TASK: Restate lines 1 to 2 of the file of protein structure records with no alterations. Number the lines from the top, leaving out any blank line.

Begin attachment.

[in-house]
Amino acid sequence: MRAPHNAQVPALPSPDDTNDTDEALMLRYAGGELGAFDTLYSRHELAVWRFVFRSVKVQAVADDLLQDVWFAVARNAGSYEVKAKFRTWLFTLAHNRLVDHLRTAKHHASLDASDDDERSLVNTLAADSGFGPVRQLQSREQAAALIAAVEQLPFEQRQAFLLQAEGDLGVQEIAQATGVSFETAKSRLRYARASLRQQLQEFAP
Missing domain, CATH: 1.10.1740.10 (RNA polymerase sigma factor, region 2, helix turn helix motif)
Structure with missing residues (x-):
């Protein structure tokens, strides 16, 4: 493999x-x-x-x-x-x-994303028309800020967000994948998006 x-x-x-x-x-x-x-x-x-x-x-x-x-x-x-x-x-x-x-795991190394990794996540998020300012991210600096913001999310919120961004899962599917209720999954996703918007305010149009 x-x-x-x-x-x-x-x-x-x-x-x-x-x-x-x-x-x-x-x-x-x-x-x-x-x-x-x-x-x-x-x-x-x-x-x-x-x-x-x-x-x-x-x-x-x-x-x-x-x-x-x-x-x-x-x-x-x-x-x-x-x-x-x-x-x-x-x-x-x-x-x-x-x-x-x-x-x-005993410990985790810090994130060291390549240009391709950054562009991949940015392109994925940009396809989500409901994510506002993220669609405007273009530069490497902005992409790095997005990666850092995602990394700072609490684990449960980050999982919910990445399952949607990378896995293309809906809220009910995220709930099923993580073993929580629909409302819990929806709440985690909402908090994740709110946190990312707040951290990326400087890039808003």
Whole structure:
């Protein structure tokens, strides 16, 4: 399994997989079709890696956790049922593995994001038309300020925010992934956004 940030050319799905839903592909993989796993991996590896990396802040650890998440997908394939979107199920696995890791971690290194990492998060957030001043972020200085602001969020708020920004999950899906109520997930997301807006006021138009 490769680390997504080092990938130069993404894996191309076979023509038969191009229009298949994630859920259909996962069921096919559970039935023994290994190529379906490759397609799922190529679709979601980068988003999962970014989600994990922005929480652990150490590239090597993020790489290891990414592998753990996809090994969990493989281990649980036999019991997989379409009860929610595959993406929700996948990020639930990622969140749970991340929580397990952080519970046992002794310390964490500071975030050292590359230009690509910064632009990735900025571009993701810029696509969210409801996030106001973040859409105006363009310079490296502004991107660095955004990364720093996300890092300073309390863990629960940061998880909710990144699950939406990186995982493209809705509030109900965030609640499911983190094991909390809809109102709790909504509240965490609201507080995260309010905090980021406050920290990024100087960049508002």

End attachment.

[in-house]
Amino acid sequence: MRAPHNAQVPALPSPDDTNDTDEALMLRYAGGELGAFDTLYSRHELAVWRFVFRSVKVQAVADDLLQDVWFAVARNAGSYEVKAKFRTWLFTLAHNRLVDHLRTAKHHASLDASDDDERSLVNTLAADSGFGPVRQLQSREQAAALIAAVEQLPFEQRQAFLLQAEGDLGVQEIAQATGVSFETAKSRLRYARASLRQQLQEFAP